STHLM3 Model Improves High-Risk Prostate Cancer Screening Specificity

The Stockholm 3 model improves screening specificity for high-risk prostate cancer without loss of sensitivity

medwireNews: Results from the Stockholm 3 (STHLM3) study show that combining plasma biomarkers, genetic polymorphisms and clinical characteristics can improve specificity for high-risk prostate cancer detection in men aged 50–69 years compared with prostate-specific antigen (PSA) testing.

“Use of the STHLM3 model in structured screening could reduce the number of prostate biopsy samples taken by about a third compared with the use of PSA screening”, say lead author Henrik Grönberg, from the Karolinska Institutet in Stockholm, Sweden, and co-investigators.

“Importantly, this can be achieved without compromising the number of high risk cancers diagnosed”, they report in The Lancet Oncology.

The STHLM3 screening model involves measuring plasma levels of PSA, free PSA, intact PSA, hexokinase 2, beta-microseminoprotein and macrophage inhibitory cytokine 1, and genotyping patients for 232 single nucleotide polymorphisms, the researchers explain. Patient age, family history and previous prostate biopsy and examinations are also considered.

The model was initially applied to a training cohort of 11,130 men and then to a validation cohort of 47,688 men, all of whom were aged 50–69 years and free from prostate cancer.

In all, 7606 men in the validation cohort were referred for urological consultation and underwent biopsy on the basis of a PSA greater than 3 ng/mL or a STHLM3 cutoff score indicating a Gleason score of at least 7.

In multivariate analysis, all of the variables in the STHLM3 score were significantly associated with high-risk disease and the overall score was significantly better than PSA for detection of high-risk prostate cancers, with an area under the curve of 0.74 versus 0.56.

When used at the same sensitivity as the PSA test, corresponding to 10% predicted risk, the STHLM3 model would reduce the number of biopsies by 32% and the number of benign biopsies by 44%, the researchers report.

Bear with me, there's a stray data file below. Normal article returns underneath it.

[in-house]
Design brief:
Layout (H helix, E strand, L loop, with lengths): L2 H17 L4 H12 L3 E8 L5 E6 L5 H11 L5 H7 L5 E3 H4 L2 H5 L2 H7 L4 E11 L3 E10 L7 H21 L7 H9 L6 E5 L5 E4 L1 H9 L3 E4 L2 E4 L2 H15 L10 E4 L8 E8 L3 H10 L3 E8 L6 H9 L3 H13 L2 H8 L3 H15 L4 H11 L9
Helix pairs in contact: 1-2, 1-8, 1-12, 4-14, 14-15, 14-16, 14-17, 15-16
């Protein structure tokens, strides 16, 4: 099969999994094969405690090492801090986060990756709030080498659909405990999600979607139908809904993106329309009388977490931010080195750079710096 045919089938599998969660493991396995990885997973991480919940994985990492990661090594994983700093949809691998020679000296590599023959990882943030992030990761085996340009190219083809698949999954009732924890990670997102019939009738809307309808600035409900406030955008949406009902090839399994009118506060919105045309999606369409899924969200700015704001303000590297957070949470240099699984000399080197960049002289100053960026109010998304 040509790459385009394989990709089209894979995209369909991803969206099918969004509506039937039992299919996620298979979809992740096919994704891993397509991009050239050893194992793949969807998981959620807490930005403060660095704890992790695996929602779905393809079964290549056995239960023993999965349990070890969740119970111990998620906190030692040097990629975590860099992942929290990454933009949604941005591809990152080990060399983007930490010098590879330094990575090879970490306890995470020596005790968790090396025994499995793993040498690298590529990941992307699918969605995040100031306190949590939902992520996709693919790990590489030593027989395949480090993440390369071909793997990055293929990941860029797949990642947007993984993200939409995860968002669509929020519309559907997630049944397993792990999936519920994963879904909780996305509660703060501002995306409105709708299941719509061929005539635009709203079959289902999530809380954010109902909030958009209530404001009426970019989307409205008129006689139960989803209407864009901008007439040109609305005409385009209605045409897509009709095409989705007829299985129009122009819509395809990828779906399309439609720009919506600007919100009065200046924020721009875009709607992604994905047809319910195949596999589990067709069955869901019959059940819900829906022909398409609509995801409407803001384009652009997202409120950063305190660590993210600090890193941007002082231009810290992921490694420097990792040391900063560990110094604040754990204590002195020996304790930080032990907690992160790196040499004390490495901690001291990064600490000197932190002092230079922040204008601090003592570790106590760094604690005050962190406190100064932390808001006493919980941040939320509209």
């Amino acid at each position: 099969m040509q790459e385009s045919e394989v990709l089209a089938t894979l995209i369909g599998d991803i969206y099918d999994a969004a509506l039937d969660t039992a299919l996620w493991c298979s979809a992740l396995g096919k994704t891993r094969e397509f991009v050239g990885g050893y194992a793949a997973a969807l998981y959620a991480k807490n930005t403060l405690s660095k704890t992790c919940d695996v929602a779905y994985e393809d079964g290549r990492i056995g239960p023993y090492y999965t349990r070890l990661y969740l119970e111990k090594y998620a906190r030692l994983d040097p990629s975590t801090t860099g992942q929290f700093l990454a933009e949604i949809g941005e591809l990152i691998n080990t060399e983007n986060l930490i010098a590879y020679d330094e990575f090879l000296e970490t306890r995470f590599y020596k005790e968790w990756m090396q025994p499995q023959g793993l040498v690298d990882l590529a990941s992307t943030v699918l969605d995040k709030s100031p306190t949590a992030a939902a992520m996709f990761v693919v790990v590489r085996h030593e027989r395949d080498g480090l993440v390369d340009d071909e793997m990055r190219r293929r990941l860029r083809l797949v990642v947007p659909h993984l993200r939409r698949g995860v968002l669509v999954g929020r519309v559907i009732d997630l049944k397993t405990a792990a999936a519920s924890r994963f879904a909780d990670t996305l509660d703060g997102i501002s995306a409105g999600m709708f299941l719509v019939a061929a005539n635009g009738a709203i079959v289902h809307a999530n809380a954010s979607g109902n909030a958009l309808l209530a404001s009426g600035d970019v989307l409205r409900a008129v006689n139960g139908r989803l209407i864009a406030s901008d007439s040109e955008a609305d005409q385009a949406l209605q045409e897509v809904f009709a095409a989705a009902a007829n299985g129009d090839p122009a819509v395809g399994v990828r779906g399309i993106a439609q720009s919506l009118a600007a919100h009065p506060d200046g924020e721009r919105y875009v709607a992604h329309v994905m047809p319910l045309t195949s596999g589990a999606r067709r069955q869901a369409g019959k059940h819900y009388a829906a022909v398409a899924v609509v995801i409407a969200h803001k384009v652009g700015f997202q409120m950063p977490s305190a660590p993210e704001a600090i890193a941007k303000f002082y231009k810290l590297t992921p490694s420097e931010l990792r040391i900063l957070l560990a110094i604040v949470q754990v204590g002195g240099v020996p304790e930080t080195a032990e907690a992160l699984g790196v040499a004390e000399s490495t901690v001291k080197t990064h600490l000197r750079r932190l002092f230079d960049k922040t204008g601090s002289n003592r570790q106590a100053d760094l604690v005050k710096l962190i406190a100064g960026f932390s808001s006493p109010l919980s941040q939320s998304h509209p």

And 21% of the 603 high-risk prostate cancers detected by STHLM3 were in men with a PSA of 1–3 ng/mL.

The number of Gleason score 6 prostate cancers identified as high risk was reduced by 17% with the STHLM3 model , from 867 detected by PSA alone to 722. The 104 Gleason score 6 tumours not detected by STHLM3 all had a total cancer length of below 10 mm in biopsy “indicating that most of these cancers were clinically insignificant”, the team writes.

Discussing the findings in an accompanying comment, Alastair Lamb and Ola Bratt, from Addenbrooke’s Hospital in Cambridge, UK, say that the STHLM3 study is “proof-of-concept for increasing the specificity of PSA-based prostate cancer screening at a population level.”

However, they say the results do not yet shift the balance of benefit versus harm for population-based screening, noting that the model has not been tested for repeat screening or demonstrated to show an impact on mortality.

And they emphasise that the issue of overdiagnosis has not been resolved, with over half of detected cancers of Gleason score 6 or 7 (3+4) and likely to be clinically insignificant.

“Presently we do not have the means to accurately predict which low grade prostate cancers will progress, but genetic profiling methods look promising”, they conclude.


Grönberg H, Adolfsson J, Aly M, et al. Prostate cancer screening in men aged 50–69 years (STHLM3): a prospective population-based diagnostic study. Lancet Oncol 2015; Advance online publication 9 November. DOI:

Lamb AD, Bratt O. Towards “next generation” prostate cancer screening. Lancet Oncol 2015; Advance online publication 9 November. DOI:

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